02 January 2024

Feeding your baby: 1–2 years

At 1 year old, your child is learning to eat on their own. They can chew food as well as you can, so they can eat the same foods as the rest of the family., In brief: Feeding your child at 1–2 years, At 1 year, solid foods – including healthy snacks – are now your child’s main source of energy and nutrition. Jar icon Your child can take between three quarters to one cup of food three to four times a day, plus one to two snacks between meals. Breastfeeding icon Continue breastfeeding as much as your child wants, until at least 2 years old. no…, What to feed your child, Your child can eat anything, so you can give them some of all the food your family eats and make every bite count. Each meal needs to be packed with nutritious food. Be sure your child has a portion of animal foods (milk, dairy, eggs, meat, fish and poultry) each day, plus legumes (like chickpeas, lentils or peas) – or nuts, and orange or green…, How much food and how often, Your child can take between three quarters to one cup of food three to four times a day, plus one to two snacks between meals. If you’re not breastfeeding, then your child will need to eat more often. At 1 year, about the time children start to walk, your child's feeding schedule should include four to five meals a day, plus two healthy snacks.…, Foods to avoid, Avoid junk food and soft drinks. Factory-made snacks like crisps, cookies, cakes, soda and candy are unhealthy. They have high amounts of sugar, salt, fat and chemicals, and take up space in your child’s stomach that should be filled with nutritious foods., Mealtime tips, Having their own bowl of food will help your child learn to feed themselves. Start as soon as your child wants. Give them all the food they need and plenty of time to eat.  At first, your child will be slow and messy. Help them to get most of the food in their mouth (instead of on themself or the floor!). Encourage your child to finish it and make…, What to do when your child refuses to eat solid foods, Make sure your child is hungry at mealtimes and has not just had a snack. Although breastfeeding continues to be healthy for your child, breastfeed them only after their meal. At this age, they should eat solid food first.  Give your child healthy food that they like or mix the food they like with food they don't like as much. Try different food…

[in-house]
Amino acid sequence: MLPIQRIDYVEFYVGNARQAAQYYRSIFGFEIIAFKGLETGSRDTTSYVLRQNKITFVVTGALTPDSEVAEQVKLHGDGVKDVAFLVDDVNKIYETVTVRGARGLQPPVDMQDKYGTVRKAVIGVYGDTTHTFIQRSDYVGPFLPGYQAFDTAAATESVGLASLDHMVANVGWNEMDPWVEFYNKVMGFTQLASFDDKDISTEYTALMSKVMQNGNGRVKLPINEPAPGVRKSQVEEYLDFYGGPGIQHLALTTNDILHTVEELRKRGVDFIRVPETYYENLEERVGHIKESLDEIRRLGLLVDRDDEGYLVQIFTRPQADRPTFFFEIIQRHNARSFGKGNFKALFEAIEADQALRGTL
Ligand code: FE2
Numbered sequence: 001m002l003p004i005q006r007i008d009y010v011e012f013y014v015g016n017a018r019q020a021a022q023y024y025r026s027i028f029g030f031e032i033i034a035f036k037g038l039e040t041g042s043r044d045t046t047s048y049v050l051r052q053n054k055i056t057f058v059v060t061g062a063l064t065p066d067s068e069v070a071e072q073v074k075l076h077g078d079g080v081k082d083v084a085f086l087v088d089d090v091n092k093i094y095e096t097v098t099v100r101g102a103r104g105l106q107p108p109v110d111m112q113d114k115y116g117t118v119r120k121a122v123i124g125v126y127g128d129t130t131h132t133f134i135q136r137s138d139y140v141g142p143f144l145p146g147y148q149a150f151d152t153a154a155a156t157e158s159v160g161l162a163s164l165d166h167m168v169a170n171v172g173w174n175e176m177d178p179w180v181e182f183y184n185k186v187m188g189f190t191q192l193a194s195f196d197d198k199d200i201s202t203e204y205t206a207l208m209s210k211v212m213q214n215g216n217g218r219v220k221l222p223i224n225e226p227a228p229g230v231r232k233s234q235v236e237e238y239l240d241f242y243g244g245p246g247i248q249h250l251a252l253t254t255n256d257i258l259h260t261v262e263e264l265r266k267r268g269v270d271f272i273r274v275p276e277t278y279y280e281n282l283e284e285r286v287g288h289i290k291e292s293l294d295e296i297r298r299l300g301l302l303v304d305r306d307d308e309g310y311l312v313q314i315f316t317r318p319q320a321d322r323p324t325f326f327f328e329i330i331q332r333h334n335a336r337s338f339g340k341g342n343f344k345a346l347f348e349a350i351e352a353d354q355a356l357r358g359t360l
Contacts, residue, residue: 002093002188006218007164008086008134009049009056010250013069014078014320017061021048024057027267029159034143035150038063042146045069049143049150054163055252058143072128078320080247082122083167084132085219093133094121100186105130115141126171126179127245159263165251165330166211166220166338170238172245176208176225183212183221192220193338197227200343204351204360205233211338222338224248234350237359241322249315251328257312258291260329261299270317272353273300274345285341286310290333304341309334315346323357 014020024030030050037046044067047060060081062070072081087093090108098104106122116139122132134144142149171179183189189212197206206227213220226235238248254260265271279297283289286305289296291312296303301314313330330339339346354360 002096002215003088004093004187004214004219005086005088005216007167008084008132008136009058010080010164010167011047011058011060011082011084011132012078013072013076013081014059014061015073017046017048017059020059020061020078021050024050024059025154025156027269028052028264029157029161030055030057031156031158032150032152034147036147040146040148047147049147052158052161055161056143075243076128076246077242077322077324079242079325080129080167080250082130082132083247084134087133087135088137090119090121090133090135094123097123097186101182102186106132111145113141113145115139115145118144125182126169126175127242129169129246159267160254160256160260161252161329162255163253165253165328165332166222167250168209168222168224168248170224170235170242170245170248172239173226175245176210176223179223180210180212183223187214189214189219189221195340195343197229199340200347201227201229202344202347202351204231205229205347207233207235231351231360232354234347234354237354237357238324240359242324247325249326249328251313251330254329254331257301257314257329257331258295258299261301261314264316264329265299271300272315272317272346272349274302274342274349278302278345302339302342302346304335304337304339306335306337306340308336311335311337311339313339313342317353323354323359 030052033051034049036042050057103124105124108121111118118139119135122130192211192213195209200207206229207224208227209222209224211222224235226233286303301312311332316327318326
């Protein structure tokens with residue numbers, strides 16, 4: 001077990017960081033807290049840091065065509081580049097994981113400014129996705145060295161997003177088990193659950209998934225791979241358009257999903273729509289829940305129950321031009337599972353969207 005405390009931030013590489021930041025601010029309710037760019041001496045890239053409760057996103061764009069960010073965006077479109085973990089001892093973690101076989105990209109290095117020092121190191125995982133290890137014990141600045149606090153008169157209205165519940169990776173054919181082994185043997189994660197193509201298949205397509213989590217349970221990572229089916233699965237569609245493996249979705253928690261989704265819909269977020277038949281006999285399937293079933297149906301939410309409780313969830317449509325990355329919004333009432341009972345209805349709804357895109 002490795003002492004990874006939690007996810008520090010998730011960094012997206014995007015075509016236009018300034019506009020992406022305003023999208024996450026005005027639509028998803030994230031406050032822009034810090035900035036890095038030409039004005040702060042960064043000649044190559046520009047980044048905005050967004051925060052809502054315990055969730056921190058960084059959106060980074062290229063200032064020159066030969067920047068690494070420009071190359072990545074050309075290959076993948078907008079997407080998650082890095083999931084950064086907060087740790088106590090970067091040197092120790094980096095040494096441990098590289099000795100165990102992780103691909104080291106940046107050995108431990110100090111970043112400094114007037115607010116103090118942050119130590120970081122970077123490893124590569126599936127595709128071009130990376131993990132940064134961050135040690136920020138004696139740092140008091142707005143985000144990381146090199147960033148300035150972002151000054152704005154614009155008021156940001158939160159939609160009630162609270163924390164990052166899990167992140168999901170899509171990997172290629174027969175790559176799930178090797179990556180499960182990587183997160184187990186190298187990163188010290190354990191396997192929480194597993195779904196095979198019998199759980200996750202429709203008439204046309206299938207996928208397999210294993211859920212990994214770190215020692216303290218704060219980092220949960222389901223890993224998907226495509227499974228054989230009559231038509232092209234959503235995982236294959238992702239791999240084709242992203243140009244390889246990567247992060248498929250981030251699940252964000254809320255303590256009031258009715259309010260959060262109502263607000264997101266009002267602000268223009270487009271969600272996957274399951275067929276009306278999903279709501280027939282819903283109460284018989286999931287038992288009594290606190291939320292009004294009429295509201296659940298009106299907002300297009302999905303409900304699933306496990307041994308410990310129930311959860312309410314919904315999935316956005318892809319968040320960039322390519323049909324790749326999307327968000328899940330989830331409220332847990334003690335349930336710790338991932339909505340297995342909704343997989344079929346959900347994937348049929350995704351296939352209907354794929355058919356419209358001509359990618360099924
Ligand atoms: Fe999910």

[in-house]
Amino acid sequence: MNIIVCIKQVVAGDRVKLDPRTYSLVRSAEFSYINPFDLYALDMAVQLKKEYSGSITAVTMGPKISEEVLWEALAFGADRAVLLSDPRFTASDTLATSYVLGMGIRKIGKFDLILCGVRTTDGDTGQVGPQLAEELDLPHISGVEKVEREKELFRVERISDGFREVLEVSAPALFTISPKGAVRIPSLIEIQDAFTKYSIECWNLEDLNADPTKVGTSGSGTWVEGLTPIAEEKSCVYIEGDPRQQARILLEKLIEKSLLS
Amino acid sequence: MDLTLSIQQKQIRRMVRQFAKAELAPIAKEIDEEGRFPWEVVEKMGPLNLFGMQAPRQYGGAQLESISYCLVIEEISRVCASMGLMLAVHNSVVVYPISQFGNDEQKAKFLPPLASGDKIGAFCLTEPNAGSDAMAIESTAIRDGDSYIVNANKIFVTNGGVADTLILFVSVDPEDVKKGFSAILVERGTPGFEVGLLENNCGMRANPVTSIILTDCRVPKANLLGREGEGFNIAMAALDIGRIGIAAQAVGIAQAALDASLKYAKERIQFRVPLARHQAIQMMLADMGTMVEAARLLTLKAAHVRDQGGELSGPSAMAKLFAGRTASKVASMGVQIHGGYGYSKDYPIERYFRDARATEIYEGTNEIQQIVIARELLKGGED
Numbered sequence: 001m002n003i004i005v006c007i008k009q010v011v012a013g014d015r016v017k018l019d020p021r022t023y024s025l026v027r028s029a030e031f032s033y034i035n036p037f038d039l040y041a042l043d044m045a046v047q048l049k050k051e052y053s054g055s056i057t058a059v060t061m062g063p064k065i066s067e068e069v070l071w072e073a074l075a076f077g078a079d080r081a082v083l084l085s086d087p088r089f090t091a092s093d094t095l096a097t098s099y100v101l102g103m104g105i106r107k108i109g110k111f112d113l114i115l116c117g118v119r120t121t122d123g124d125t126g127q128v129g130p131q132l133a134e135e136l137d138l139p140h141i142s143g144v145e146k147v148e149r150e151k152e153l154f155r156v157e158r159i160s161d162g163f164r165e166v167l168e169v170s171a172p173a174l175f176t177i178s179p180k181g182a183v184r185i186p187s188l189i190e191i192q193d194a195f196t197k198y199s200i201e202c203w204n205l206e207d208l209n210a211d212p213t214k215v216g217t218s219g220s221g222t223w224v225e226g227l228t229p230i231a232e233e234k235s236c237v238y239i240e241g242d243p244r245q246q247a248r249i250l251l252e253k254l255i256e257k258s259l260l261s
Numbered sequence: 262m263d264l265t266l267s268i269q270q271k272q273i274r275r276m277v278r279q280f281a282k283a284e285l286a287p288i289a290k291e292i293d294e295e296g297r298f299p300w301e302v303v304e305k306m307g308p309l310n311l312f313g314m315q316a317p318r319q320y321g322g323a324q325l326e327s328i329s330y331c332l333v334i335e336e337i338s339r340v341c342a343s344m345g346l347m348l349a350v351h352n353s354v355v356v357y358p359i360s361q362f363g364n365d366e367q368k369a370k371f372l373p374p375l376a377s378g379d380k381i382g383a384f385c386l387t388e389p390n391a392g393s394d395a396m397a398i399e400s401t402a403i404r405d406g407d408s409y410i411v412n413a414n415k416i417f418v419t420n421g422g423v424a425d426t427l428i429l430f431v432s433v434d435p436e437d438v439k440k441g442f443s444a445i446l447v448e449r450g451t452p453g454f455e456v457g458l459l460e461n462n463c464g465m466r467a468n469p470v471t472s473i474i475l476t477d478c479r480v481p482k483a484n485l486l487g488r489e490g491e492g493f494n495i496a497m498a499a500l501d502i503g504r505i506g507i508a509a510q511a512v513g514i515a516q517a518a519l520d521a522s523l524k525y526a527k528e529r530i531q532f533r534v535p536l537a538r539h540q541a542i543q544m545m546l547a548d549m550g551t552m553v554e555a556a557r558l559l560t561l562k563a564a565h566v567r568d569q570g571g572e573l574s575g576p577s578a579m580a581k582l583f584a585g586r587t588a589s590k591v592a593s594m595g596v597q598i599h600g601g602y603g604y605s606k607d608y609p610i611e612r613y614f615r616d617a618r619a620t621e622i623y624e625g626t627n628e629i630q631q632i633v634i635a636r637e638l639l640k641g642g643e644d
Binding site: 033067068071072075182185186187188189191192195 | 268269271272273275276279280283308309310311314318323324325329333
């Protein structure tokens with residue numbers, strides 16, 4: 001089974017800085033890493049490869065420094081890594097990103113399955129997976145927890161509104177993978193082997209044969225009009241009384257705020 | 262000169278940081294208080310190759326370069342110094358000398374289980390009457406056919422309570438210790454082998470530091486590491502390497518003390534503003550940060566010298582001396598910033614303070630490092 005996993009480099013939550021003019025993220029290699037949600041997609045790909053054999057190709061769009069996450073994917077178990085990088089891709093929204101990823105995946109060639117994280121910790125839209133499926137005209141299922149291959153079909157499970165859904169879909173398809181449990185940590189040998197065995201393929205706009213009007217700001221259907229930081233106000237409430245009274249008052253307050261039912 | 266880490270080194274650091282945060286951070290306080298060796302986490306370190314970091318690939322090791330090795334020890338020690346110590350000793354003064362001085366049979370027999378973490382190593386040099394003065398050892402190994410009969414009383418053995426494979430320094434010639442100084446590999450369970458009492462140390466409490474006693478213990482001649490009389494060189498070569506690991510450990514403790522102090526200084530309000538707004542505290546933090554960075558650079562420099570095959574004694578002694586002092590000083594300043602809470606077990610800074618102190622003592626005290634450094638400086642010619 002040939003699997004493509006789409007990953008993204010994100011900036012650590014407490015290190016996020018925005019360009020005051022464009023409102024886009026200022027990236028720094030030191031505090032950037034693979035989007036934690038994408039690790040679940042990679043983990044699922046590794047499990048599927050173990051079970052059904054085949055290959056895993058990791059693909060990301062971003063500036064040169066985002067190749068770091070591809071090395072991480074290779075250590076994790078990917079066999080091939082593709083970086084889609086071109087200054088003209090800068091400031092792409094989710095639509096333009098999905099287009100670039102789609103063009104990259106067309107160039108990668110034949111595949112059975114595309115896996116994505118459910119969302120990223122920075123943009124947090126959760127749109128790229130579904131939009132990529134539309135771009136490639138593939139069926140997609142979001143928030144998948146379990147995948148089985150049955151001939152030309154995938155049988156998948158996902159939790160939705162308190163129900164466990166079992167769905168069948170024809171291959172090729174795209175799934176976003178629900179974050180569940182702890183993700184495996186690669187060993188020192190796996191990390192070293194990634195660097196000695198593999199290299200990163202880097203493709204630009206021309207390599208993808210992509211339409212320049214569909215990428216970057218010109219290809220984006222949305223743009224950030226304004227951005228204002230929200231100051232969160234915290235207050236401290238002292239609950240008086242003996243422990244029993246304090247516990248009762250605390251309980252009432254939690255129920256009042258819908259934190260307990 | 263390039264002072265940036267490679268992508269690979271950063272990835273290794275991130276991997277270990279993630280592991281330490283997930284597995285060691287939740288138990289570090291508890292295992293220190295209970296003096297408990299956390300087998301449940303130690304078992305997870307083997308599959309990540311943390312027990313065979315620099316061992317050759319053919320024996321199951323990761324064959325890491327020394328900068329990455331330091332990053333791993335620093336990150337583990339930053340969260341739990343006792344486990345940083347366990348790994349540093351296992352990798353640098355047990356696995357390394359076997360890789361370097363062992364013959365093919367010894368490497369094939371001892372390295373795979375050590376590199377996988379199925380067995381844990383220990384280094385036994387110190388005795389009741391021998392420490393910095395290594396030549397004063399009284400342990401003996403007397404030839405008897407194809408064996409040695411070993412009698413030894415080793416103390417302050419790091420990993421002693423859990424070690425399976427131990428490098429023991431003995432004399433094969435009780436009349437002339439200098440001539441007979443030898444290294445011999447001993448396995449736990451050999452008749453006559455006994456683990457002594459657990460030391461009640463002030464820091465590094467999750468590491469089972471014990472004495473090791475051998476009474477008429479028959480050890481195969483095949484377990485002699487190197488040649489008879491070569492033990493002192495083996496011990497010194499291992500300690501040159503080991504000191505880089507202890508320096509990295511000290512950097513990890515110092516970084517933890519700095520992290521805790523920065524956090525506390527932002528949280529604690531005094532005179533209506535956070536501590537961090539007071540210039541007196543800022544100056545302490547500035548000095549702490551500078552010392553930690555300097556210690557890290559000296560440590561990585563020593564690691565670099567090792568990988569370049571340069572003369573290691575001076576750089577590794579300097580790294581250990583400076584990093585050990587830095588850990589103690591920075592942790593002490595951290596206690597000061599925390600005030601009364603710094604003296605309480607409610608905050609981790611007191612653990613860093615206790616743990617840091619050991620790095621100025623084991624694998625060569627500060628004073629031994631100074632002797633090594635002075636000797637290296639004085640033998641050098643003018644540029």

02 January 2024

Feeding your baby: 6–12 months